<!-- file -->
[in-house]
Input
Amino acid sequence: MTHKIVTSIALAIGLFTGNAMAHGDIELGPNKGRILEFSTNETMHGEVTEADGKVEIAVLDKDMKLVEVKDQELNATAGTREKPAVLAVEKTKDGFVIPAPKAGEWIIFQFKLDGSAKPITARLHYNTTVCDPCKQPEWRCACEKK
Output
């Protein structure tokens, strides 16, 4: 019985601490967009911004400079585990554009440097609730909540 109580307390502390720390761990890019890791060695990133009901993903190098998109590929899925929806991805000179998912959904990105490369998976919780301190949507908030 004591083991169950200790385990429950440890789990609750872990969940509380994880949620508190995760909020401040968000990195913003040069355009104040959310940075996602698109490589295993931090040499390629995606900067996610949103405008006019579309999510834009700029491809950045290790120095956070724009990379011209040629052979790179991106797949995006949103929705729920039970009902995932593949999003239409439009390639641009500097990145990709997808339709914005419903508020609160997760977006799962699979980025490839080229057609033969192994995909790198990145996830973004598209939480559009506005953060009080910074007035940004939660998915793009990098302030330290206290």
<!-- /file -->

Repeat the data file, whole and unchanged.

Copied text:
[in-house]
Input
Amino acid sequence: MTHKIVTSIALAIGLFTGNAMAHGDIELGPNKGRILEFSTNETMHGEVTEADGKVEIAVLDKDMKLVEVKDQELNATAGTREKPAVLAVEKTKDGFVIPAPKAGEWIIFQFKLDGSAKPITARLHYNTTVCDPCKQPEWRCACEKK
Output
């Protein structure tokens, strides 16, 4: 019985601490967009911004400079585990554009440097609730909540 109580307390502390720390761990890019890791060695990133009901993903190098998109590929899925929806991805000179998912959904990105490369998976919780301190949507908030 004591083991169950200790385990429950440890789990609750872990969940509380994880949620508190995760909020401040968000990195913003040069355009104040959310940075996602698109490589295993931090040499390629995606900067996610949103405008006019579309999510834009700029491809950045290790120095956070724009990379011209040629052979790179991106797949995006949103929705729920039970009902995932593949999003239409439009390639641009500097990145990709997808339709914005419903508020609160997760977006799962699979980025490839080229057609033969192994995909790198990145996830973004598209939480559009506005953060009080910074007035940004939660998915793009990098302030330290206290």